We do our best to help our children learn independence. It makes for a happier child when they know they help out with things and even do some of their own problem solving. We try follow Matthew 18:15 “If your brother or sister sins, go and point out their fault, just between the two of you. If they listen to you, you have won them over." We want them to try to work it out first on their own. If they are still unable to resolve the conflict, then we will help them, but we do not want them to tattle. Sometimes it is easier to help get that coat on rather than taking the time to teach your child how to put it on themselves. By teaching your child to help themselves you are giving them something to feel proud of. We believe that by teaching our children how to do things on their own, we are lifting them up so they can be proud of their own accomplishments. I remember how proud our daughter was when she made her very first meal.

Cell phones

When I was growing up, there was no such thing as cell phones. Somehow, we managed, our parents managed, and the world kept spinning.
I remember a day when people would talk to each other. I am brought to near tears when I see parents on their cell phones while they pick their child up from school or childcare. Instead of being able to tell their parents about their day, they have to wait because their parent is on the phone. I do not understand, can not even comprehend why people feel such a need to call other people all the time.
I do not have a cell phone. My husband does, he has a long commute into work and needs to be able to get ahold of his boss if he gets caught in traffic and knows he will be late. But when we are home, he puts his phone away. When he is home it is family time and family time does not involve a cell phone.
We want to spend time with the people we are with. We want to show our children that we are there for them. That we are more interested in them, than we are with talking on a cell phone.
So many people are so addicted to their cell phones that they do not know how to go a whole day without using one. For you, I offer a challenge... go an entire WEEK!!!! without using your cell phone while in the presence of your child. We have a house phone for the school to call if one of the kids are sick and need to be picked up. But we do our best to stay off all phones unless it is really necessary.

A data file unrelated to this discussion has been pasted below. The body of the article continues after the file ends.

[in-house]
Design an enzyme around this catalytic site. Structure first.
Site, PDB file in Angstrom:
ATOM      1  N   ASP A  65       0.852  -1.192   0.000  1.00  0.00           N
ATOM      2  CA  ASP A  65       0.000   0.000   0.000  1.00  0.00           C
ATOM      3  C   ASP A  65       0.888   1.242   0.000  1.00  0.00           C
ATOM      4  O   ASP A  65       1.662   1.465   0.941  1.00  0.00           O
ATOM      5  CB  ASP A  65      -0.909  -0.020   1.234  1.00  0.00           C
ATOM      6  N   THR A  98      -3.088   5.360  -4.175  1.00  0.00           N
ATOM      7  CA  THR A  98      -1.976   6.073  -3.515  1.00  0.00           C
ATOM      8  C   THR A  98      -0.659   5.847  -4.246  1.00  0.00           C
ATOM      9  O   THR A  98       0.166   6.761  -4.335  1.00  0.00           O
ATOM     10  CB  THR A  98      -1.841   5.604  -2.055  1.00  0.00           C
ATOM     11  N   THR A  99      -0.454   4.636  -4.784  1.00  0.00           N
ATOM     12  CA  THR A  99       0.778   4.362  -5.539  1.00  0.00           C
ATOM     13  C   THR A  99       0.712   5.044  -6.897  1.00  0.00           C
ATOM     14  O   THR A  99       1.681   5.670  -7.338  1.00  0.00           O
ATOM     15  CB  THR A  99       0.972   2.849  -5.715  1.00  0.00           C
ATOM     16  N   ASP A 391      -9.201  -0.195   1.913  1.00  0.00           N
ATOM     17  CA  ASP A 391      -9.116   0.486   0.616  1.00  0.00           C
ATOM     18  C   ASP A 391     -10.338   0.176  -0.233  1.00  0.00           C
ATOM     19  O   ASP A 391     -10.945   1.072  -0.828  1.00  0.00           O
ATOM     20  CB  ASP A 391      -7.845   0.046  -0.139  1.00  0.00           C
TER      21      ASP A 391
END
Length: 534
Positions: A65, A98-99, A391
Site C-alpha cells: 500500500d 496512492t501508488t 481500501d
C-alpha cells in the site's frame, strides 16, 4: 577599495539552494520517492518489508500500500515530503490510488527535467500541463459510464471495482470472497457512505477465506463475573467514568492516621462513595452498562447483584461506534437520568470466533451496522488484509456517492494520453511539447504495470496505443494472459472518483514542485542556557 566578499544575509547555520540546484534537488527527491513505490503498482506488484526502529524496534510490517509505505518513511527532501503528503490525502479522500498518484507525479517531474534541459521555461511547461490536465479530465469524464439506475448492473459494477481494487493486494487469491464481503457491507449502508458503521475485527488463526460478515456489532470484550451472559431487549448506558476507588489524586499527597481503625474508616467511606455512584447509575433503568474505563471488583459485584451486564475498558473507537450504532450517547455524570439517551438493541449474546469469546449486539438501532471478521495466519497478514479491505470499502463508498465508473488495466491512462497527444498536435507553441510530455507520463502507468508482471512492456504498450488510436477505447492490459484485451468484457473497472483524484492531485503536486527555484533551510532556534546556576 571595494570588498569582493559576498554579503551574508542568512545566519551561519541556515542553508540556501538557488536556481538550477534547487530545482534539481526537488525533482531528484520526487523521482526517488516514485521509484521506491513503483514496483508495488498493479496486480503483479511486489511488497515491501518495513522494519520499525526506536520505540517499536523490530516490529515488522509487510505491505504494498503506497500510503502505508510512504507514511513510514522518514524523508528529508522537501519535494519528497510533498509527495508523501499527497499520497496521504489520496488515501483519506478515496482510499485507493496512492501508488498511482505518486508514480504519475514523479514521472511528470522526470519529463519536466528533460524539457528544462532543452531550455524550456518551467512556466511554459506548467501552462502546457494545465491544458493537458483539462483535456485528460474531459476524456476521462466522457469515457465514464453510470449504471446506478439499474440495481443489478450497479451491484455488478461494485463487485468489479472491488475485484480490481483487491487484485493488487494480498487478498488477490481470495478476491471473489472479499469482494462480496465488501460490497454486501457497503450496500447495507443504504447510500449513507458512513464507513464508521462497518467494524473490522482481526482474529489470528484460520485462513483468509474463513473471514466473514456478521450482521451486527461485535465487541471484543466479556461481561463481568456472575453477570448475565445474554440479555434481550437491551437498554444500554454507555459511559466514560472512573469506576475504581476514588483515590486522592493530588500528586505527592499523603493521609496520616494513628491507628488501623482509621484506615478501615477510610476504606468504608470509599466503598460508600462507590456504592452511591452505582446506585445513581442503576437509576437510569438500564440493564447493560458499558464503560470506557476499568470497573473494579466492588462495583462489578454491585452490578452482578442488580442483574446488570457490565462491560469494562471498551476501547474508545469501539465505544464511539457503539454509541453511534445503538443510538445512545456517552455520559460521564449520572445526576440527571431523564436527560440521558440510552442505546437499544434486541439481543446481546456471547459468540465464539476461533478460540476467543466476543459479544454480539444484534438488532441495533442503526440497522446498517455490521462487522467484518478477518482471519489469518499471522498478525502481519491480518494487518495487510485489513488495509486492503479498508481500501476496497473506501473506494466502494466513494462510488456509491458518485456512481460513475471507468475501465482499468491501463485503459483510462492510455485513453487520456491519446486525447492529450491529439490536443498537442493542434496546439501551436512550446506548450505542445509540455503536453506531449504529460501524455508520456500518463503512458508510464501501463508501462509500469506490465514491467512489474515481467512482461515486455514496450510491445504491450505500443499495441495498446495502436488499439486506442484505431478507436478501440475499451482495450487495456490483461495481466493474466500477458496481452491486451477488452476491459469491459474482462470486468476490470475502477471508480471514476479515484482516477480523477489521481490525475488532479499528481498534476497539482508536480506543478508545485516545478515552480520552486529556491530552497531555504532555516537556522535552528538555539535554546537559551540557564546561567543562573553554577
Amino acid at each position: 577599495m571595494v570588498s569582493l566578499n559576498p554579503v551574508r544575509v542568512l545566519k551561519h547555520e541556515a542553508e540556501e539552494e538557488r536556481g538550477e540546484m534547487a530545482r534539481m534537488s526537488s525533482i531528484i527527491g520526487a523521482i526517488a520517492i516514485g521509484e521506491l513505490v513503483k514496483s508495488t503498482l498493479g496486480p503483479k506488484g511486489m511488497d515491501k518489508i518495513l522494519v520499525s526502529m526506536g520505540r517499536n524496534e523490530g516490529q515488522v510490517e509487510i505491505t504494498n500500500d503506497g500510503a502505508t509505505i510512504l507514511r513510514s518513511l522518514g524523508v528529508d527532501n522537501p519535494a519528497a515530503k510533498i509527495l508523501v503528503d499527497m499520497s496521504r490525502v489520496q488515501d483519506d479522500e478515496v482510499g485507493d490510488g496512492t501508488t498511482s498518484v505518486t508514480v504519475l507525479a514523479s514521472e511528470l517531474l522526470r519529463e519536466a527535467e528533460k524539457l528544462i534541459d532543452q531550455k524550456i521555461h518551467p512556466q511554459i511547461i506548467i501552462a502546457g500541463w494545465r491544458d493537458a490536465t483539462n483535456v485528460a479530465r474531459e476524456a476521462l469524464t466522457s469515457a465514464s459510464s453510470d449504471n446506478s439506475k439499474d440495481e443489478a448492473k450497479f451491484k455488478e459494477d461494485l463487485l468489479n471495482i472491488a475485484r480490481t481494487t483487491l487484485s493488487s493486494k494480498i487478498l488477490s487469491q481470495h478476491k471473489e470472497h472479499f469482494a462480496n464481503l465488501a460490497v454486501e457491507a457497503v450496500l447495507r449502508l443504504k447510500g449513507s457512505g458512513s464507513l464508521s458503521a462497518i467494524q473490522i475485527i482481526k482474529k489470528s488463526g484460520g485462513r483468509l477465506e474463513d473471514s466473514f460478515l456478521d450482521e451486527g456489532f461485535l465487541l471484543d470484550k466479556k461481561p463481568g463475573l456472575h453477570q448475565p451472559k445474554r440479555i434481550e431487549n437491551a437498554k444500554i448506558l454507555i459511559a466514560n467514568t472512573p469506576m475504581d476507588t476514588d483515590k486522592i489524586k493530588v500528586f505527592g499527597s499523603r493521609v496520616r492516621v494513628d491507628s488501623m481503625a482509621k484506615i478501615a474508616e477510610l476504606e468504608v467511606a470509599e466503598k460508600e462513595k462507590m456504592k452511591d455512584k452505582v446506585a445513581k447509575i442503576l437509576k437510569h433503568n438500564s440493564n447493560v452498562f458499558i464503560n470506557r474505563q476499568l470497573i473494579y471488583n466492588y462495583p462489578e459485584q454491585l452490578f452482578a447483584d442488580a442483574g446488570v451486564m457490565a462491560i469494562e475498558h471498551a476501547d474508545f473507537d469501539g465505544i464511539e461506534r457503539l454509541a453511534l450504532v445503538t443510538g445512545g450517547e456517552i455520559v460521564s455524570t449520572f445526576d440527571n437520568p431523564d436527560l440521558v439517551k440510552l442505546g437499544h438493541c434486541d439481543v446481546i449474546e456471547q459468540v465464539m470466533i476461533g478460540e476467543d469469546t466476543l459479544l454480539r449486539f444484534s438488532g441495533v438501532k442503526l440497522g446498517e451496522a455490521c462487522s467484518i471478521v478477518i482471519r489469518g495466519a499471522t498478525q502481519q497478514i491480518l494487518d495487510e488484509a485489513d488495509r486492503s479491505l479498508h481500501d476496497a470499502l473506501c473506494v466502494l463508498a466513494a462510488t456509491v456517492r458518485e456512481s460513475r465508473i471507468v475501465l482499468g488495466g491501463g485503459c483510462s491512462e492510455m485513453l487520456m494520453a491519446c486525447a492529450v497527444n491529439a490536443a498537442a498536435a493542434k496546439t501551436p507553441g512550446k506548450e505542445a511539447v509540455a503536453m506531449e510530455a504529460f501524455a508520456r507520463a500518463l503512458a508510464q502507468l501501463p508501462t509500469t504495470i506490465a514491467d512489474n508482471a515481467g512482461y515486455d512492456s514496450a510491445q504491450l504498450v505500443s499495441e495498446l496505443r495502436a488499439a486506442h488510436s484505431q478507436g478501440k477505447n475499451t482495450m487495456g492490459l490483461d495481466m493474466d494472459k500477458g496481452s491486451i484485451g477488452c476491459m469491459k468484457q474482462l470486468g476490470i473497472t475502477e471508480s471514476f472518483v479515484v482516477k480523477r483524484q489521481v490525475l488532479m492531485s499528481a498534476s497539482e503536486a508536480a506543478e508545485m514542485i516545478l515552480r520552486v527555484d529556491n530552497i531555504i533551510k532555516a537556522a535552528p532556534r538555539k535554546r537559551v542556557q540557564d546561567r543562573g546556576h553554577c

Being Consistent

When you say something, stick to it. Do not make threats. Do not punish when angry. Have house rules, make sure your child understands them. Make sure that they understand the consequences for not following the rules. When children are very young, we will give ONE reminder when they are not following the rules. When they are older, they are expected to know the rules and they do not get a reminder, they will get a consequence. Our children are well behaved kids, who know what is expected of them and know what will happen if they do not follow the rules. They are not afraid of us, they choose to follow the rules because they do not want a consequence. We also want to make sure the consequence is one they will remember. For instance, our children have their own laptops. It is a privilege to have the laptop. One of the consequences for not doing chores when asked is they will lose their laptop for the rest of the day and then the following day as well. I am not afraid of making my children miss events either. If one of our children decided to talk back to us and they were going to be going to a sleep over or to a friend's house that day, they would not be allowed to go. By knowing we are serious, they listen and follow directions and we have a much happier house hold.